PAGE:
This was my first time in New York City to not *gasp* stay in Manhattan. Instead, I stayed in a 1940’s highrise in Riverdale (a flat owned by a friend), a Jewish community in the northwest Bronx. Old, Great Gatsby-like houses with cast-iron gates perch atop tree-lined cliffs in turn-of-the-century grandeur. From here, the Hudson actually looks beautiful. At the edge of town, near the bagel shop and Starbucks, rows of newer multi-story apartments stand guard. It reminded me nothing of Manhattan, more like a typical old school East Coast town – a mix of upper middle class (I’m assuming) and working class. And not a tourist in sight.
After being picked up at LaGuardia Airport, we headed straight to the Bagel Corner (581 W 235th St) for coffee and bagels. $14 later, we had 2 coffees and 2 bagels — one with lox and cream cheese, one plain and buttered. The ladies running the place were no-nonsense in a typical New-Yorker-with-an-accent way. When one of the surly ladies asked if I wanted sugar and milk, in went two heaping lumps of plain sugar, and a quarter cup of cream. I didn’t dare explain that I was hoping for 1 packet of splenda and a bit of soy milk. Gulp. Here’s your damn coffee, and you better like it!
From the Bronx to Little Italy took about 35-45 minutes by car, given traffic and rain. We lunched at Red Egg (202 Centre St), which supposedly featured a menu of fusion Chinese-Peruvian food. We only tried the dim sum, which was, for the most part, Chinese without the Peruvian.
Some items were delicious:
Other’s were not so delicious:
The best part was the strange disco Asian decor, complete with Johnny Chang the doorman with a slicked back hair, a sinister smile, and who looked like an Asian Johnny Cash. We half expected him to say, “we have been expecting you,” when we arrived.
From Battery Park, we took a free ferry to Governer’s Island.Chances are, you’ve never heard of Governor’s Island, and neither had I. Ellis Island, Staten Island, Long Island, I know all those. Governor’s Island? What’s that?The short story is that this island was a military outpost since Revolutionary days. As most places of this sort go, there was a brief revitalization effort that included important opera singers, followed by transitioning buildings to use for prisoners. Ultimately, the US military operated on this base until 1996, when the Coast Guard closed shop, and handed over everything to the state of New York, who is in the process of determining what to do with this island.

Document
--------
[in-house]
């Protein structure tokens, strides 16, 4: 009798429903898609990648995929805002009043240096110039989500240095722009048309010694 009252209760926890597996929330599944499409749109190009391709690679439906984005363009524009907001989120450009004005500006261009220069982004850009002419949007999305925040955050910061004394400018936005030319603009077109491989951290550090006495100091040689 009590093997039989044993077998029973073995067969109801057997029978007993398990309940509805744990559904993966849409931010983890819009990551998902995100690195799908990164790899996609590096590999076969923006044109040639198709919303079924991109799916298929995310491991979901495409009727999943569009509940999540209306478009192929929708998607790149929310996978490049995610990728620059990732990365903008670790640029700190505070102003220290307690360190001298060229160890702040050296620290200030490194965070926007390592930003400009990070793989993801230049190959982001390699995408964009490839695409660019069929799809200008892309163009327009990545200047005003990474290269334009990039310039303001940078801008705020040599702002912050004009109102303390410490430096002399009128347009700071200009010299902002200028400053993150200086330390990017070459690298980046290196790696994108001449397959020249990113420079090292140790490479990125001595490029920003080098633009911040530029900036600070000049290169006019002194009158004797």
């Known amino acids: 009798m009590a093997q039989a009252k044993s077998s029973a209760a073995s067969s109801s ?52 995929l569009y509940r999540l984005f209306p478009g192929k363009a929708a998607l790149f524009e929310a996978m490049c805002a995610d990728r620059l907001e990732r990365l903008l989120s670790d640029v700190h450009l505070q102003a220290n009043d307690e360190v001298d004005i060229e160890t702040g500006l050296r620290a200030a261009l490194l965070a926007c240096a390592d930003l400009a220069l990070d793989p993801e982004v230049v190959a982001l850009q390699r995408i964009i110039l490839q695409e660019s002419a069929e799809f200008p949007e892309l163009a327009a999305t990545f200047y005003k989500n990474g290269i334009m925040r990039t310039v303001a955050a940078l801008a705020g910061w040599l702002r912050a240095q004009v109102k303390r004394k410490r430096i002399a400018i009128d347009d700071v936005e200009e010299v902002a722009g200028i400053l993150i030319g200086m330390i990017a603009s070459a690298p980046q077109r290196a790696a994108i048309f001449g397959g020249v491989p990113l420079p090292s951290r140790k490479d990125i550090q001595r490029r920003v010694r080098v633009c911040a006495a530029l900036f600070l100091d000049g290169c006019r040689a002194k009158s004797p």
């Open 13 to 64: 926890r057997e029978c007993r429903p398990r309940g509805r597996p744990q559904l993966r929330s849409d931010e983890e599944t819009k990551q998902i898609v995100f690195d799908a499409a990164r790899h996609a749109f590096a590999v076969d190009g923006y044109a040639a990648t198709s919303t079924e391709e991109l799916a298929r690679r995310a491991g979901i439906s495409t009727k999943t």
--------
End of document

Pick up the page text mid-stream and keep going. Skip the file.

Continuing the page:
For now, it hosts numerous bike trails and events and art festivals, such as Figment, a burner-esque display of artwork from the amateur and art-school crowd. Part rave, part burning man practice installations, part senior year art school thesis, part hula-hooping subculture, Figment, to put it lightly, was weird, somewhat disorganized, and run by people who like to think of themselves as ‘the artistic type’. One exhibit included a girl, wearing a foam naked suit decorated in tube lights, singing while playing an electric guitar. To the right of her, partially hidden in a closet, was her sound guy. The point of this “installation” was for viewers (us) to come into the room, talk into her mic, and then the sound guy would record these voices so that the Foam Naked Lady could use them in her songs. She said it was living art.
Not all the exhibits were as horrific or in-your-face. Most were interactive, and great for kids. Many were confusing and overdeveloped in thought and underdeveloped in execution. We had fun in one exhibit where the artist lined the walls and floors in butcher paper, and supplied viewers paints, markers, glue, pictures, cotton, and crayons. We went to work immediately defacing all the previous “art.”
I’ll admit it. We had fun with this exhibit. Maybe not the kind of fun the artist intended, but fun nonetheless.
We roamed the rather deserted island, through empty streets lined with once-grand buildings. There was a melancholy feeling to the place; a place stuck in a time capsule, forever remembering a time that once was, and the people that once lived there.
There’s not much else to do besides walk around the island, peering through windows of the old officers’ houses, and imagining the dinner parties they must have had in the lovely dining rooms with french doors that opened out to a wraparound porch. Several (much better) permanent sculpture installations could be found in several of these faded houses.
Most spectacular were the views from the island.
A simple view through a lopsided window.
A glimpse into a now-abandoned prison
And the view from Desolation Point